Looking Back at the Great Recession

Discussion in 'Politics, Religion, Social Issues' started by jnpy!$4g3cwk, Jun 12, 2012.

  1. jnpy!$4g3cwk macrumors 65816


    Feb 11, 2010
    According the the below Reuters article, the net worth of the average American household dropped "to $77,300 in 2010 from $126,400 in 2007":


    Mostly due to the drop in house prices of course -- it turned out that people's houses were not worth as much as they thought. The "news" here is just the accurate numbers that require a retrospective look.
  2. Thomas Veil macrumors 68020

    Thomas Veil

    Feb 14, 2004
    OBJECTIVE reality
    Yeah, saw that.

    Well, if the housing bubble was inflating home prices far beyond what they were really worth, did we really have that wealth in the first place? Wasn't this destined to come crashing down? I mean, what really makes a home worth a certain price? For the most part, the original price + inflation - depreciation + improvements. The rest was all a crazy, get-rich-quick scheme that, as I said, was doomed to come back and bite us in the ass.

    Amusing that people call Social Security a Ponzi scheme, but not this. :rolleyes:
  3. Zombie Acorn macrumors 65816

    Zombie Acorn

    Feb 2, 2009
    Toronto, Ontario
    We didn't bother helping people who wanted a house to raise a family in, just the speculators and banks who returned the favor with credit gridlock after they had been liquidized.
  4. VulchR macrumors 68020


    Jun 8, 2009
    'Looking back at the Great Recession'? Isn't it still ongoing?
  5. citizenzen macrumors 65816

    Mar 22, 2010
    Side effect of the economy: my FHA adjustable rate mortgage keeps going down.

    Yesterday I received notice of another reduction from 3.625% to 3%.

    The recession has been very good for my house payments.
  6. MorphingDragon macrumors 603


    Mar 27, 2009
    The World Inbetween
    At least your mortgage rates are going down. :(
  7. citizenzen macrumors 65816

    Mar 22, 2010
    It's crazy.

    I should not gloat.

    Far too many people are suffering.
  8. Zombie Acorn macrumors 65816

    Zombie Acorn

    Feb 2, 2009
    Toronto, Ontario
    3% is still too much if you aren't employed due to a recession.
  9. jnpy!$4g3cwk thread starter macrumors 65816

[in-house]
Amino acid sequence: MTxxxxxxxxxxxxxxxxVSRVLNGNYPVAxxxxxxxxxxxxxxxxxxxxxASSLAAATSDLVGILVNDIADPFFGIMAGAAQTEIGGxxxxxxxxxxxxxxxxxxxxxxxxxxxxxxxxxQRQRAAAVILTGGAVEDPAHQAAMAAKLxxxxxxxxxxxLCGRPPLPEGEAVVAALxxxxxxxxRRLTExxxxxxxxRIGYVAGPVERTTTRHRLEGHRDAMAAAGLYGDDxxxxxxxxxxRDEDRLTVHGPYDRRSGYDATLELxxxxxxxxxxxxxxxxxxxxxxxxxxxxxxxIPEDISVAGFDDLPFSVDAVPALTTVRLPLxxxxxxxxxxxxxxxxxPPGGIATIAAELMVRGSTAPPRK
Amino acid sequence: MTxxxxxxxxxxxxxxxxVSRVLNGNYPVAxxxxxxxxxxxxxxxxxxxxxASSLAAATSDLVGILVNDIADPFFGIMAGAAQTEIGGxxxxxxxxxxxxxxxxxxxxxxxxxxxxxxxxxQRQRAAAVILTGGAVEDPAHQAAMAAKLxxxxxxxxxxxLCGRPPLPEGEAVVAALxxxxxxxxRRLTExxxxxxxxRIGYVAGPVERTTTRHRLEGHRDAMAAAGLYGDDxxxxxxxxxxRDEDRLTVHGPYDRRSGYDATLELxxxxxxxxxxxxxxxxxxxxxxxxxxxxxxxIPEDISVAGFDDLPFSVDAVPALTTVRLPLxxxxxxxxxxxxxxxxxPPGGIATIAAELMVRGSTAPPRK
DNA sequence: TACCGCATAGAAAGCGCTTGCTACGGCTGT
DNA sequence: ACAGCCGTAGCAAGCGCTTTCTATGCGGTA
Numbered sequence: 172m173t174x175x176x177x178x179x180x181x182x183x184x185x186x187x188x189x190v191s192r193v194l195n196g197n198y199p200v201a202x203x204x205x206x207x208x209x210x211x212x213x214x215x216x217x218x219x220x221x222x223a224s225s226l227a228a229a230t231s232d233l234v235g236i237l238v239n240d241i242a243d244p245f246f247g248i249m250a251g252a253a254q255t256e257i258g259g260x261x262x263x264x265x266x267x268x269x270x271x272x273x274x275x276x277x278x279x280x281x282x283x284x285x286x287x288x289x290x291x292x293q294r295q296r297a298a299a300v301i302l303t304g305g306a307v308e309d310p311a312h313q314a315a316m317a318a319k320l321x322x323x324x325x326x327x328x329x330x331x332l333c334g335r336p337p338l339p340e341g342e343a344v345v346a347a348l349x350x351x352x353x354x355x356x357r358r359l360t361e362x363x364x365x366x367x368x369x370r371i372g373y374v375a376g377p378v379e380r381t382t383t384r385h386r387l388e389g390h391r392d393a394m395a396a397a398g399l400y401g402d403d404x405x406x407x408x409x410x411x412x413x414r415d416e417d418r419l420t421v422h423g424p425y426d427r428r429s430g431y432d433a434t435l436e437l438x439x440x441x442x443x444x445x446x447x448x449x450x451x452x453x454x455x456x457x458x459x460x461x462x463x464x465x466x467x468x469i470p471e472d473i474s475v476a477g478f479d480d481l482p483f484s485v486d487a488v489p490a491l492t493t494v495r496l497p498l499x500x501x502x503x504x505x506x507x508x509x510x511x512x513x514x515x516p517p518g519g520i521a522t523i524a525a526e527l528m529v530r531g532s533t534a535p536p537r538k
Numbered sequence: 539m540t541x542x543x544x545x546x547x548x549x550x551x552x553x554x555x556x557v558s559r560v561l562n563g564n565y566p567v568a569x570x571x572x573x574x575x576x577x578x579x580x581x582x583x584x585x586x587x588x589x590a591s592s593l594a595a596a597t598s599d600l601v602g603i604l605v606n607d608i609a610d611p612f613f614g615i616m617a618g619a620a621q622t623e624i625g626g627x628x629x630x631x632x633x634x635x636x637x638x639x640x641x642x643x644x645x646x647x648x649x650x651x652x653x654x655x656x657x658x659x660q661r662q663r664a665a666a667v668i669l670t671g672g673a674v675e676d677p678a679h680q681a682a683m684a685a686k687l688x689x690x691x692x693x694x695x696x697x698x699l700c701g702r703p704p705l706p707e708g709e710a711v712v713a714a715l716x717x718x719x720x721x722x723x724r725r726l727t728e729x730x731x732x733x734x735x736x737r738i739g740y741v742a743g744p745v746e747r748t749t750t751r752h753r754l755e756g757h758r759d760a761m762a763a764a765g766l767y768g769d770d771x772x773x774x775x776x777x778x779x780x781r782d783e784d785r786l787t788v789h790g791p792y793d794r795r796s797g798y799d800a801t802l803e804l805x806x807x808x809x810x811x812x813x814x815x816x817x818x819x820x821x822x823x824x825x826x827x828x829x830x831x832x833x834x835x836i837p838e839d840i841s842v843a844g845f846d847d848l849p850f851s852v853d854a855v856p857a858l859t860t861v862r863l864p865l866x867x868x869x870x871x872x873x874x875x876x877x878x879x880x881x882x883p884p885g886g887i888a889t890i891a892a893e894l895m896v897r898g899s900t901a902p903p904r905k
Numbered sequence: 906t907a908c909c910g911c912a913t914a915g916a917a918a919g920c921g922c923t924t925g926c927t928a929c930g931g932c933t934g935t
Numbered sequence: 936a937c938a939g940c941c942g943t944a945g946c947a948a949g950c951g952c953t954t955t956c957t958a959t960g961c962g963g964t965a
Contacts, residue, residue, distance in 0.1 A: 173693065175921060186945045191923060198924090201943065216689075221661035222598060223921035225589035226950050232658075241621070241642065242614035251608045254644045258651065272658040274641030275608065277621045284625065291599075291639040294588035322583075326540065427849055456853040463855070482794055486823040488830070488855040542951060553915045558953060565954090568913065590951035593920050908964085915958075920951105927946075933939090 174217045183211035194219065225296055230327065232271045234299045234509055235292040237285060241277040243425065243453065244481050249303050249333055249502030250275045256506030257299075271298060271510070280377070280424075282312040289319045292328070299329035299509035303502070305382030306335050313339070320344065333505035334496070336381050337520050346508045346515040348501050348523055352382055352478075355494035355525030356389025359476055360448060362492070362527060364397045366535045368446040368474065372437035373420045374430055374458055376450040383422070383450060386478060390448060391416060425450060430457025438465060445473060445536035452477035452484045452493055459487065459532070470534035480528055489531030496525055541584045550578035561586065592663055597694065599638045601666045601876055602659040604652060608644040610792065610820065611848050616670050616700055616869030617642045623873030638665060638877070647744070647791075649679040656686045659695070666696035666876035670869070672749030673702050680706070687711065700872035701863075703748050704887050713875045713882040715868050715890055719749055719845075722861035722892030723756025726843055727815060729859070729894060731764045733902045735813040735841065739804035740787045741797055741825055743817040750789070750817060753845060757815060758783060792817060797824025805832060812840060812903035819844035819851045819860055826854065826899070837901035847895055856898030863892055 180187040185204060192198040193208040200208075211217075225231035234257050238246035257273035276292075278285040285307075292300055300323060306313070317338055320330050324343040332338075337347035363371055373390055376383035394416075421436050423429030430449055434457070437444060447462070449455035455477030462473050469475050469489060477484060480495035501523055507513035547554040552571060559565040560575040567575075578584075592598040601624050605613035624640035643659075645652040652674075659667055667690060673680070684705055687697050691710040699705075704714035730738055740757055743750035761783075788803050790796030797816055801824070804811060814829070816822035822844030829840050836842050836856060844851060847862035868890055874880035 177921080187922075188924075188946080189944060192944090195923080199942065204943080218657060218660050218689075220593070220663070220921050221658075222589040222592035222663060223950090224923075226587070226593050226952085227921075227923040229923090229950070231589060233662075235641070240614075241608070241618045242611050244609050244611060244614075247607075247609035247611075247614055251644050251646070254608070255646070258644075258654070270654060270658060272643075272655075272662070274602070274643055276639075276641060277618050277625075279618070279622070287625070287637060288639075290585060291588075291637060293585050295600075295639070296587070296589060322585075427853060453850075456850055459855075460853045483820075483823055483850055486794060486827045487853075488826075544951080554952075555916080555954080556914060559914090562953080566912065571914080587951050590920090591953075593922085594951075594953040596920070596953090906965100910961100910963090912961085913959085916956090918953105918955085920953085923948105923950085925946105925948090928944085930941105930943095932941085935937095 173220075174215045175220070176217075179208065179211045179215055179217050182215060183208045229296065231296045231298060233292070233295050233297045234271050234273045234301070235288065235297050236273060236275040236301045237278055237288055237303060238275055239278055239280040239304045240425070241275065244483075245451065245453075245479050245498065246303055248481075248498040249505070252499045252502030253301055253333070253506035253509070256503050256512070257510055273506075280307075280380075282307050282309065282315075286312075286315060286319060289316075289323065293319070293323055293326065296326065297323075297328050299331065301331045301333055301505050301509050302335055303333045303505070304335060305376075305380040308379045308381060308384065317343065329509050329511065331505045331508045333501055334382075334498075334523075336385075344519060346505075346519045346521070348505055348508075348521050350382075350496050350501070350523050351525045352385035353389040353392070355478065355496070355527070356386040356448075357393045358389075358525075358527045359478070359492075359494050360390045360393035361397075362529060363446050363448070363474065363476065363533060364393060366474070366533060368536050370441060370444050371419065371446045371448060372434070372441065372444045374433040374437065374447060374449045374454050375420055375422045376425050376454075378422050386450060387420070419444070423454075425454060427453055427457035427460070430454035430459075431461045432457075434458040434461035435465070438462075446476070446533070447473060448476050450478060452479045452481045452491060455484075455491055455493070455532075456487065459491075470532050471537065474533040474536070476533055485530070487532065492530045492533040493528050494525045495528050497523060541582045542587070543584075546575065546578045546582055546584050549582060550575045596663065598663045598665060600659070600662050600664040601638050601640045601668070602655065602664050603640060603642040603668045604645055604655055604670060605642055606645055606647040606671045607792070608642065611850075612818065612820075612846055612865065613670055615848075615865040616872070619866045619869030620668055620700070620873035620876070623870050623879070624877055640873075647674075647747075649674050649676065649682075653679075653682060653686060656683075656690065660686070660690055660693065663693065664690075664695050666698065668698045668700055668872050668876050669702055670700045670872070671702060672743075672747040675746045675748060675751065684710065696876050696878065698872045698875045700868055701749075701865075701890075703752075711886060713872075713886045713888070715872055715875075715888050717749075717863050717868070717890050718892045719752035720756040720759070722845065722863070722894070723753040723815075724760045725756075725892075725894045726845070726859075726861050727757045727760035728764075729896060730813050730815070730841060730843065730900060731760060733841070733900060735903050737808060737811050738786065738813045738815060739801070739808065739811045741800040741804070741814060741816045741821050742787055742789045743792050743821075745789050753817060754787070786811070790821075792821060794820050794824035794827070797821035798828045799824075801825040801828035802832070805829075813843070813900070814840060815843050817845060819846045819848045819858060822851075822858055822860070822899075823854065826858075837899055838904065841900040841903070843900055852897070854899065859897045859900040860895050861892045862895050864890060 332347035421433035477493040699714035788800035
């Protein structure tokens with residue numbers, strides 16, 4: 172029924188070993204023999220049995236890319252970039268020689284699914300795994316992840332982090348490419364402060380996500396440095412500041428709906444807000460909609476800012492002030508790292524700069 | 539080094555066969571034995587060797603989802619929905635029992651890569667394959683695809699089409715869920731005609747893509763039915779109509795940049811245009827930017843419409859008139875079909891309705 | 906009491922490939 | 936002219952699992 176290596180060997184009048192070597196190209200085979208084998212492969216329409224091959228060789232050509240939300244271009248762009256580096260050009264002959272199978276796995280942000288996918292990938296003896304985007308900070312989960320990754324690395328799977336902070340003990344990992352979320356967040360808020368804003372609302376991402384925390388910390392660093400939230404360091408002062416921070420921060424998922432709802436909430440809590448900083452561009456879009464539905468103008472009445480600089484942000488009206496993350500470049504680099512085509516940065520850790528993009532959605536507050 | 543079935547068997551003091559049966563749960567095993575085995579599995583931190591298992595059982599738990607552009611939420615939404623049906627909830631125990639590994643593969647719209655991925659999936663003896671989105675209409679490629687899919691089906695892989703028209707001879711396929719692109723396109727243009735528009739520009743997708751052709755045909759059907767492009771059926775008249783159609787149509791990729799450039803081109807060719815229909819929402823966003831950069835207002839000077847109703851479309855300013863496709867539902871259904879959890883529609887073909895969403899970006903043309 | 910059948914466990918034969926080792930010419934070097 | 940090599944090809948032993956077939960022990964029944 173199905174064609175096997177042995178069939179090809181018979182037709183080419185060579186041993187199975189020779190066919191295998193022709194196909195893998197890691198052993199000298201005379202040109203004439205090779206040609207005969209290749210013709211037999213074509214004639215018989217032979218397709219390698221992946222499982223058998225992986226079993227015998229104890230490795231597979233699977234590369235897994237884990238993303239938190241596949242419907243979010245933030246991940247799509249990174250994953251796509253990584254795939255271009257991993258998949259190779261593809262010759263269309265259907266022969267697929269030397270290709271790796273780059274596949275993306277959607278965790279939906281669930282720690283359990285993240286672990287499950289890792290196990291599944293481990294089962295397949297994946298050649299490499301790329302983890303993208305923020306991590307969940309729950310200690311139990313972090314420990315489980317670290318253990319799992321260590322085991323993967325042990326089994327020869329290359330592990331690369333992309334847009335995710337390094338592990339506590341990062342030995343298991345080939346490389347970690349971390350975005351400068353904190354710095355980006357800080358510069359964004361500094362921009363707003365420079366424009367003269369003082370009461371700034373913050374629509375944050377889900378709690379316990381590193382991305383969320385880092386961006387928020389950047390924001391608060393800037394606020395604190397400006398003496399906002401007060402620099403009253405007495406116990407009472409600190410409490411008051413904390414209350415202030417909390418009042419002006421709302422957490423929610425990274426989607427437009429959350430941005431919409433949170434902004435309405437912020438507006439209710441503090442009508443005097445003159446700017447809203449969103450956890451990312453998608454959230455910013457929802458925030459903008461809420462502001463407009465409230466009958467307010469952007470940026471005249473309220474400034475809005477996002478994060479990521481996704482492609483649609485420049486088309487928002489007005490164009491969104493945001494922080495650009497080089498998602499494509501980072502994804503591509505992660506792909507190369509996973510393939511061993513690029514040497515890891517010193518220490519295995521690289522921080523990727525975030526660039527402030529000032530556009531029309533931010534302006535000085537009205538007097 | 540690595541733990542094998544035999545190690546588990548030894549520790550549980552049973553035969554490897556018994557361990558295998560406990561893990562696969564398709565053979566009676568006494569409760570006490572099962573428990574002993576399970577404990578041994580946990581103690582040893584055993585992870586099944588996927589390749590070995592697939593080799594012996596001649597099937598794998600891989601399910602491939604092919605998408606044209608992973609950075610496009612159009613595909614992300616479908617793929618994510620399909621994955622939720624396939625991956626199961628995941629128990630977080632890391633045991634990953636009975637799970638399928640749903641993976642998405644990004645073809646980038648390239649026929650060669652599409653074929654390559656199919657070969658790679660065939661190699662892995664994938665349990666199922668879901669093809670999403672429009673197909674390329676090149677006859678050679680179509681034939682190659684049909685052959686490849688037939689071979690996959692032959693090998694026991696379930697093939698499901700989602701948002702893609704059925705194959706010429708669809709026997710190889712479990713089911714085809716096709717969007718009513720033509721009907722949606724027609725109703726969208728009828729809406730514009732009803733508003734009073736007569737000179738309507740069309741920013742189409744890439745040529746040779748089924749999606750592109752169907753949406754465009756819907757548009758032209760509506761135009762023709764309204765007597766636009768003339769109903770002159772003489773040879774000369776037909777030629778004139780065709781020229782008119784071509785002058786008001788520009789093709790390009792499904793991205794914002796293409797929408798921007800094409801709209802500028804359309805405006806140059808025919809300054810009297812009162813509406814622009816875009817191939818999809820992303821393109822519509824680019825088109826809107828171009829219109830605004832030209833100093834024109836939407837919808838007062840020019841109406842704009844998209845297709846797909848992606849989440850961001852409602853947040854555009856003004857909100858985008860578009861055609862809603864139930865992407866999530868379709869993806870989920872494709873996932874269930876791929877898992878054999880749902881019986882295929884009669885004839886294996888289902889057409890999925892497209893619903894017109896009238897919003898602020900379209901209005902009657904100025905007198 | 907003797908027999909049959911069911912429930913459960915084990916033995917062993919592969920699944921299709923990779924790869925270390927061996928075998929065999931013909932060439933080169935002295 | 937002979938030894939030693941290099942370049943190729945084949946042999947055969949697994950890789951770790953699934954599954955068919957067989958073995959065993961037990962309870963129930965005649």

Feb 11, 2010
    Not in the U.S. The economy has been growing since mid-late 2009. Unemployment is still high, but, as economists always brightly tell us, employment -- the thing ordinary people care about most -- employment is a lagging indicator. That's why they call economics the "dismal science".
  10. citizenzen macrumors 65816

    Mar 22, 2010
    Yes. Sharing an apartment may be more practical.
  11. malman89 macrumors 68000

    May 29, 2011
    The economy is still a house of cards able to be blown over by the next big gust, either from Europe or China.

    Just think if the US government didn't throw an arm and leg to do as much as they did to save the housing market - prices would've probably plummeted another 20%.
  12. NickZac macrumors 68000


    Dec 11, 2010
    Can we really put excessive blame on the government for this? I don't think so.

    Do you guys remember how violently house values were rising a decade ago? I mean, it was ridiculous. Everyone said that it wouldn't last and sooner or later something would give. The standard of living in the US was not rising where as real estate was booming. People bought properly on 'perspective', sometimes years ahead of being built for prices they could never afford but with the plan to sell the house upon completion for a huge profit. People did this with 'interest only' loans as well. Banks would give people with minimal income massive loans that they knew they did not make nearly enough to afford. It couldn't go on forever...and it didn't...
  13. Happybunny macrumors 68000

    Sep 9, 2010
    Didn't you have a programe on the TV called 'Flip that house'? :rolleyes:
  14. Teh Don Ditty macrumors G4

    Teh Don Ditty

    Jan 15, 2007
    Still do.

    Houses = ATM
  15. mcrain macrumors 68000


    Feb 8, 2002
    I heard on the POTUS channel this morning someone say that since we bottomed out, personal wealth has grown each year that the president has been in office, but I haven't been able to find a source for that yet.
  16. NickZac macrumors 68000


    Dec 11, 2010
    There were multiple shows. People would buy run down houses, fix them up, and then sell them for twice the purchase price or more. A lot of people went into this as small businesses.